Archive

Date

March 20th, 2014

A Silver Anniversary for the World Wide Web

    Exactly 25 years ago, the British computer scientist Tim Berners-Lee conceptually “invented” the World Wide Web — and set in motion a process that would rapidly make the online world an essential part of our daily lives.

    By 1995, 14 percent of Americans were surfing the Web. The level today: 87 percent. And among young adults, the Pew Research Center notes, the Internet has reached “near saturation.”

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Cry a River over California’s Drought

    As a Californian, I have not gotten too much sympathy from friends and family about our rotten weather this winter. Yes, I said rotten weather. It’s been incredibly pleasant— except for a few times when the temperature crept up to 90 — but we’ve hardly had any rain.

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Feinstein vs. the CIA: A Moment of Truth

    It was a truly historic moment on Tuesday when Senate Intelligence Committee Chair Dianne Feinstein took to the Senate floor to warn that the CIA's continuing cover-up of its torture program is threatening our Constitutional division of power. By blatantly concealing what Feinstein condemned as "the horrible details of a CIA program that never, never, never should have existed," the spy agency now acts as a power unto itself, and the agency's outrages have finally aroused the senator's umbrage.

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Florida special election means little, or much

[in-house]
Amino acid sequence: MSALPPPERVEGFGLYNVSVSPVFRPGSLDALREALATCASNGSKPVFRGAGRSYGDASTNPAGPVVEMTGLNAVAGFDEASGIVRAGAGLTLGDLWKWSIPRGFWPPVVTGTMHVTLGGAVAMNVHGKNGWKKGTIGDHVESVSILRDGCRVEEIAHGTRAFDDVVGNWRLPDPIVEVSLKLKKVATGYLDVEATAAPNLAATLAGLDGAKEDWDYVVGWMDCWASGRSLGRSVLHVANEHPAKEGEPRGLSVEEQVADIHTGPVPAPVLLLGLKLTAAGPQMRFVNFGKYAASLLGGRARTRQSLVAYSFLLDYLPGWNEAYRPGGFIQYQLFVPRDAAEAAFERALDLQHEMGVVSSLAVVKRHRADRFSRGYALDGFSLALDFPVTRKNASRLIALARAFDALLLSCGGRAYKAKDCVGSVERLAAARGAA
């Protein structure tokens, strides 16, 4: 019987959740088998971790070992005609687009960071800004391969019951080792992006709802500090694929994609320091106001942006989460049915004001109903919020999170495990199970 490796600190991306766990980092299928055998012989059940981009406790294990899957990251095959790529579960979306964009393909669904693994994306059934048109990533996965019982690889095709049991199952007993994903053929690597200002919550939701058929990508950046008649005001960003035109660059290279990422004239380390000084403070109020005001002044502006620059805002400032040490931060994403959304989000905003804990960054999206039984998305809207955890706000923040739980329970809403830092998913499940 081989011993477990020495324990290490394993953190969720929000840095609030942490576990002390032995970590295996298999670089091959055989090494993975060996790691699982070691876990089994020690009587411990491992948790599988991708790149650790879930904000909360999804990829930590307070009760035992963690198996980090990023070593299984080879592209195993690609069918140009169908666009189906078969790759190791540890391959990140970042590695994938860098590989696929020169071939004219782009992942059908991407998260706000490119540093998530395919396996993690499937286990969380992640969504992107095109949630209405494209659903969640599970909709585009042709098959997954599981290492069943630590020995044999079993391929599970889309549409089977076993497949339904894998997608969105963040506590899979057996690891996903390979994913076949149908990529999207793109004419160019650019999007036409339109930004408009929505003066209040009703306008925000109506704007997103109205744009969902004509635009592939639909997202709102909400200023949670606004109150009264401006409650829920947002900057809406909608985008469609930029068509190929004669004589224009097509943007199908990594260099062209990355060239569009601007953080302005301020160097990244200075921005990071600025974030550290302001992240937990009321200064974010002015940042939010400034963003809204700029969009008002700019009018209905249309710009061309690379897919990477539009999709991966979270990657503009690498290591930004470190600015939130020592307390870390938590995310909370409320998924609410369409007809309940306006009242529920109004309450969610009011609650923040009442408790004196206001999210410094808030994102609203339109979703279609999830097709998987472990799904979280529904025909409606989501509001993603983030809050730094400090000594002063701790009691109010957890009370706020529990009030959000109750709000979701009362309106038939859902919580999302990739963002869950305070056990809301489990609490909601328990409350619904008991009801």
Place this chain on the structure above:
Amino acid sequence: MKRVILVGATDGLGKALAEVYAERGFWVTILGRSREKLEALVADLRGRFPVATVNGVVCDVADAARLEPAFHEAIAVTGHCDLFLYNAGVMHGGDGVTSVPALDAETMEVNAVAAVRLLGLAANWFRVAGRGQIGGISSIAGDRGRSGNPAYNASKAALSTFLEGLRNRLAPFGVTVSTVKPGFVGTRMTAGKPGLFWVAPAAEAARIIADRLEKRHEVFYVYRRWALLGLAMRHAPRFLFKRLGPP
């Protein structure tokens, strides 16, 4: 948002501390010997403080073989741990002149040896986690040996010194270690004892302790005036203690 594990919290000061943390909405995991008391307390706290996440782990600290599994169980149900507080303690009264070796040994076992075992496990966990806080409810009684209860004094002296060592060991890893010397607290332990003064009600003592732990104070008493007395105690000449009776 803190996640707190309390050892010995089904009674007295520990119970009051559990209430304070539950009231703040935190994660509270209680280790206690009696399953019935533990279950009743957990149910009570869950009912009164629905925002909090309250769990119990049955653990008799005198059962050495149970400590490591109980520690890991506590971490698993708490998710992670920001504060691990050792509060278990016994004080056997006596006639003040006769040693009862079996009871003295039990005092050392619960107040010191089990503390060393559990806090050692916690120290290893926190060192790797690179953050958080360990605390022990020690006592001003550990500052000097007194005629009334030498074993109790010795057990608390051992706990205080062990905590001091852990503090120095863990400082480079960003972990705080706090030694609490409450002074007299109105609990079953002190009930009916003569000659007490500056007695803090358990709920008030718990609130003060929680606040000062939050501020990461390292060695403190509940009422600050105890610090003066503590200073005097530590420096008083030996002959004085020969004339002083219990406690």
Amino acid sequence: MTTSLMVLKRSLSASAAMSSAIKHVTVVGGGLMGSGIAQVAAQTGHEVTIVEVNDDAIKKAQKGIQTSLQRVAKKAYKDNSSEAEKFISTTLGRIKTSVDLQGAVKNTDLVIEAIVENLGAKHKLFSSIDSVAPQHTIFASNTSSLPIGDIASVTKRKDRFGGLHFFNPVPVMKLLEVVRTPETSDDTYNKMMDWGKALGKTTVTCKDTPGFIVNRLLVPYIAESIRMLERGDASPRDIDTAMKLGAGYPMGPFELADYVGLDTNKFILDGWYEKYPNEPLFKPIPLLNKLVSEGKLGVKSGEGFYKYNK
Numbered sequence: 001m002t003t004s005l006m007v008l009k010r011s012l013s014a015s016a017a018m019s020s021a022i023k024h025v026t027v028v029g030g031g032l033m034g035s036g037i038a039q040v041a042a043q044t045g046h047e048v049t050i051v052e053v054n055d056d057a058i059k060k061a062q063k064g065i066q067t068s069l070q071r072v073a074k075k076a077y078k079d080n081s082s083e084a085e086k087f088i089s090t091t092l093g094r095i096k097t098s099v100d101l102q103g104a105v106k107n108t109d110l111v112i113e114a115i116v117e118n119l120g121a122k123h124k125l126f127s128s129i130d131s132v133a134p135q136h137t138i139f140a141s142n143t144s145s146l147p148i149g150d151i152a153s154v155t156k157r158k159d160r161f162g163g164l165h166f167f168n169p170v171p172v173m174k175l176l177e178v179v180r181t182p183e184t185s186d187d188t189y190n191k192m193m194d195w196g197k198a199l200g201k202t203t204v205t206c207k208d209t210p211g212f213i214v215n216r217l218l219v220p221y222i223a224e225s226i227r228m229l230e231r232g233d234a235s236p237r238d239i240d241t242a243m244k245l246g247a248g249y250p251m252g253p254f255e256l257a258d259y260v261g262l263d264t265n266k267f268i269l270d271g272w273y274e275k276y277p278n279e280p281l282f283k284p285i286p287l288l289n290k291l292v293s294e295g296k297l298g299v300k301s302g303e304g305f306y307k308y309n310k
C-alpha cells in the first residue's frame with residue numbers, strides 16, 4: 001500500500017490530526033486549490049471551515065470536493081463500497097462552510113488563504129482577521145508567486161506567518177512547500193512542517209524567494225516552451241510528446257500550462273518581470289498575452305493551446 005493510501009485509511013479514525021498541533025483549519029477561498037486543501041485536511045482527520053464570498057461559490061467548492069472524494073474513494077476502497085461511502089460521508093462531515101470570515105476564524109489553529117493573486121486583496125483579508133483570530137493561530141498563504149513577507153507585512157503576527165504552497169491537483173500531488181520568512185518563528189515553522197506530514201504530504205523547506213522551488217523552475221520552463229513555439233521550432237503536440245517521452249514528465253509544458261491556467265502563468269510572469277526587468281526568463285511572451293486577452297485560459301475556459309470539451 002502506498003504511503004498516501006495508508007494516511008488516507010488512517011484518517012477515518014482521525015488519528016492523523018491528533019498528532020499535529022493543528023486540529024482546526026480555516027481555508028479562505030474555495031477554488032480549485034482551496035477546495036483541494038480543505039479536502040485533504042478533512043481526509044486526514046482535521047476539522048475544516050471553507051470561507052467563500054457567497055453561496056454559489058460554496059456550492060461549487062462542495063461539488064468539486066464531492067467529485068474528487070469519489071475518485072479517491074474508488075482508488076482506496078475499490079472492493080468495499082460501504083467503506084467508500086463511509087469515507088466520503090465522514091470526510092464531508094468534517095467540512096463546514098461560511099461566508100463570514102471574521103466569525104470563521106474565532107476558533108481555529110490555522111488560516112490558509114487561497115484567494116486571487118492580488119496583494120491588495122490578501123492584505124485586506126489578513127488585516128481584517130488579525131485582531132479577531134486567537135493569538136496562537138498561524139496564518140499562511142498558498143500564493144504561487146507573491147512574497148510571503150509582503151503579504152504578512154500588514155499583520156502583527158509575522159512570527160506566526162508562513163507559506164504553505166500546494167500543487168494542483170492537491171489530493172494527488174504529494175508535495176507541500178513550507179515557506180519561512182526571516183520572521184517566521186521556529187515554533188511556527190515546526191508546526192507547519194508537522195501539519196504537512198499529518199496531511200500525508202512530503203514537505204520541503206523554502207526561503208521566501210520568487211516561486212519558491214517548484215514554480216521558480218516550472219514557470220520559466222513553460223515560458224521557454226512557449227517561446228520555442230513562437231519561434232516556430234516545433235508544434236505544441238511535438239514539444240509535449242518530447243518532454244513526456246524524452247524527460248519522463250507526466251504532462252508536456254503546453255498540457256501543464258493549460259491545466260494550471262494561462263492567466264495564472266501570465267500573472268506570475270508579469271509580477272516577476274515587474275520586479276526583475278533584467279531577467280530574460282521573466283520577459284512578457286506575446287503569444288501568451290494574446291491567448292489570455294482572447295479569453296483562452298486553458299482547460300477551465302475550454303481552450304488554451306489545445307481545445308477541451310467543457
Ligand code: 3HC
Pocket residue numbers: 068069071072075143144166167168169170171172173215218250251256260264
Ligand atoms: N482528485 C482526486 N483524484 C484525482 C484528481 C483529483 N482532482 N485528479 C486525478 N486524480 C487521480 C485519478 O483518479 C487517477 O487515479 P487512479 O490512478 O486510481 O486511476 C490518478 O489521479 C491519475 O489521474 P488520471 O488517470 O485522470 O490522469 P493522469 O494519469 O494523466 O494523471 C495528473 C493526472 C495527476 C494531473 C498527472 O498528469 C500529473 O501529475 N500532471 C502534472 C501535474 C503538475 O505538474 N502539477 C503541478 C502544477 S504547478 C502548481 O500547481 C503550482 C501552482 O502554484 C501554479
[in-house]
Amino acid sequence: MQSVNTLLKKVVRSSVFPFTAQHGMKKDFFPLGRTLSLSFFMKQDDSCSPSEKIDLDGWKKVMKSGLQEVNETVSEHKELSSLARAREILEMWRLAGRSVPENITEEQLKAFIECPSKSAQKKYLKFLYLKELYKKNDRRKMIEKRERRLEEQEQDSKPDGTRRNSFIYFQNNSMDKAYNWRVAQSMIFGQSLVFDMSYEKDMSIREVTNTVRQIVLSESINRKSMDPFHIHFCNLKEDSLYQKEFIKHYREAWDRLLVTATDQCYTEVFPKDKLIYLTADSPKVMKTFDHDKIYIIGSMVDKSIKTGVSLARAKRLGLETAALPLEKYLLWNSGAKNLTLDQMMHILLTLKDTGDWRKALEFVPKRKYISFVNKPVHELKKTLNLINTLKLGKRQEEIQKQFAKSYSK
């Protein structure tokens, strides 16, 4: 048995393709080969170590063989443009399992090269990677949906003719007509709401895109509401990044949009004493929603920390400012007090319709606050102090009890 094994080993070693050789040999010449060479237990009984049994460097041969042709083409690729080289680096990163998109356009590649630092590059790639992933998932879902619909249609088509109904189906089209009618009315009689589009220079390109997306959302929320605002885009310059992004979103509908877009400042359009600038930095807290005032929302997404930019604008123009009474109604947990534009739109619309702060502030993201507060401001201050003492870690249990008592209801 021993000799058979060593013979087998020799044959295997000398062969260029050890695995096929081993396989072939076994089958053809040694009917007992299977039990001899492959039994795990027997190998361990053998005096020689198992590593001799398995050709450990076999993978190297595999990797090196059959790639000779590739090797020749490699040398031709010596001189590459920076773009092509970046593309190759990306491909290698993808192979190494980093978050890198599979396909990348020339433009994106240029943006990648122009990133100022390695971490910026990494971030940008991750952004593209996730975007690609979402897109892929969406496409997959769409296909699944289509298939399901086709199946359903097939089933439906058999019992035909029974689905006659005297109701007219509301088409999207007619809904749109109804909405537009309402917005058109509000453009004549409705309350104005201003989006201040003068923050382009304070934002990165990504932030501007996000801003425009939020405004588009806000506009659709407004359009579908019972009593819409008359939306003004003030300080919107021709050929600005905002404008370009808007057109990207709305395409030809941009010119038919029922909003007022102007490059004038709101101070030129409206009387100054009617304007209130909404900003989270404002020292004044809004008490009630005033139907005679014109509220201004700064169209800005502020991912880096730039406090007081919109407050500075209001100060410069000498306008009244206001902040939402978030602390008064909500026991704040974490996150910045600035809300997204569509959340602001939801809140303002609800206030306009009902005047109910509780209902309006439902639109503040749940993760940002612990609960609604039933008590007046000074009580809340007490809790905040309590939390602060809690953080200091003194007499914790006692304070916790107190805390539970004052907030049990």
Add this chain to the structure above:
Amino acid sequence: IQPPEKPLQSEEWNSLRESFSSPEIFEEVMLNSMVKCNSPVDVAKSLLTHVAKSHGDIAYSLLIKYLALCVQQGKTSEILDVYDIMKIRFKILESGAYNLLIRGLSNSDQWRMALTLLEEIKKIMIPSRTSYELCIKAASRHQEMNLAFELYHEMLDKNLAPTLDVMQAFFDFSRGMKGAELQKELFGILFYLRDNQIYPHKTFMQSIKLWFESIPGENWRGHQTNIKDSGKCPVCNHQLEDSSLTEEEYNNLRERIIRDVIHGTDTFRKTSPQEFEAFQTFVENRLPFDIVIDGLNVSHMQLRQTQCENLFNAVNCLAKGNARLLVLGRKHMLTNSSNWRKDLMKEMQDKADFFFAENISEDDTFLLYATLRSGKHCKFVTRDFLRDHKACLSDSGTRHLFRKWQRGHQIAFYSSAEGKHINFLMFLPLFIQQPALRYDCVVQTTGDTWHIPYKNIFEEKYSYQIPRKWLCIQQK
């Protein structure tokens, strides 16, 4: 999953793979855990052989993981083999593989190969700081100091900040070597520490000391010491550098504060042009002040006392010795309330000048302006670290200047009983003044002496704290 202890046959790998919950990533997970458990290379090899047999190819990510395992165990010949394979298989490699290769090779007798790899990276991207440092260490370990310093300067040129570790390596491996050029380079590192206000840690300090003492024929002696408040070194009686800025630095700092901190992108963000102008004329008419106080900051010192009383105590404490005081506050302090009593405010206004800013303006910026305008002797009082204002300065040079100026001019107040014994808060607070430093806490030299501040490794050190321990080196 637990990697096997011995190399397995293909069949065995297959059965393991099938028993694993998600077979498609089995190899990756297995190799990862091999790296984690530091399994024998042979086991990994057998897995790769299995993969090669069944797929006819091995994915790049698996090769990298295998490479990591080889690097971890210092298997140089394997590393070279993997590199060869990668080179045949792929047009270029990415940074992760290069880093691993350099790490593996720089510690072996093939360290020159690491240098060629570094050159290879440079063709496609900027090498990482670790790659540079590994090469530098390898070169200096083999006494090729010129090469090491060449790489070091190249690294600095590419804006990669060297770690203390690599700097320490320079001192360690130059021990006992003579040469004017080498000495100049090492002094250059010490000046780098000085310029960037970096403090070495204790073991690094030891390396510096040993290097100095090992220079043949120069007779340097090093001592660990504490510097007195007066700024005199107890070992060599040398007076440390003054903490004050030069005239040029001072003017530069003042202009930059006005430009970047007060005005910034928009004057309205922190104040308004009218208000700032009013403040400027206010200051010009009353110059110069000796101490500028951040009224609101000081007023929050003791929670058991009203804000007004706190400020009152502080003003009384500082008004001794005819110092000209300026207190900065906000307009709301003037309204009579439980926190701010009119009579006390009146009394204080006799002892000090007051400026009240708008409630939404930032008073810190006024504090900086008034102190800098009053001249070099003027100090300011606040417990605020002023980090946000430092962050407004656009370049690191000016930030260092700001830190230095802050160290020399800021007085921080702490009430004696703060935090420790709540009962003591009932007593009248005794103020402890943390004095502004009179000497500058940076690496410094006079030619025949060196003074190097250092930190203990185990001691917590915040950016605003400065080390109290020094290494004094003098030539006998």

Welcome to the first Republican victory of 2014, which should make Democrats very, very worried.

    In a race to fill the House seat of the late Republican Bill Young, David Jolly, a Washington lobbyist and former Congressional staffer, beat Alex Sink, the state's former treasurer, who also lost a close race for governor to Rick Scott in 2010.

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Hasn't science done enough harm to humanity?

    Every night before bed, I ask God to protect us from scientists.

    Apparently I haven't been praying hard enough, as I awoke the other morning to this headline: "Scientists revive giant 30,000-year-old virus from Siberian permafrost."

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Lunch on the Barricades

    Let's consider school lunches.

    Always an important topic. But to be honest, it's only coming up right now thanks to Rep. Paul Ryan, who took a strong, principled stand against school lunches in a speech to the Conservative Political Action Conference. ("What they're offering people is a full stomach and an empty soul.")

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The Corporate Land of Oz

    In L. Frank Baum’s novel, The Wonderful Wizard of Oz, the “wizard’ turns out to be a phony — just an old guy sitting behind a curtain, using his booming voice to spew nonsense in a vain effort to fool people.

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The Rigged Housing Market

    An upscale housing development in Wilton, Connecticut (all of Wilton is upscale) is having no trouble selling its 20 units for $800,000 each. On average, homes in that town now fetch more than $1 million a piece.

    And real estate experts only rank the region that includes Wilton at No. 33 on their list of the nation’s hottest markets. Clearly, the recession is over. Well, at least for the top 1 percent.

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The SAT Isn't Perfect, But Serves Its Purpose

    Helicopter parents, start your engines.

    They're revising the SAT (Scholastic Aptitude Test) again, and you know what that means. More weeping, wailing and gnashing of teeth. More complaints about the unfairness of life and of American society. More free-floating status anxiety projected onto adolescent children already uneasy about leaving the parental nest. Or eager to escape it.

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The Unhealthy Meat Market

    Where does our food come from? Often the answer is Tyson Foods, America's meat factory.

    Tyson, one of the nation's 100 biggest companies, slaughters 135,000 head of cattle a week, along with 391,000 hogs and an astonishing 41 million chickens. Nearly all Americans regularly eat Tyson meat - at home, at McDonald's, at a cafeteria, at a nursing home.

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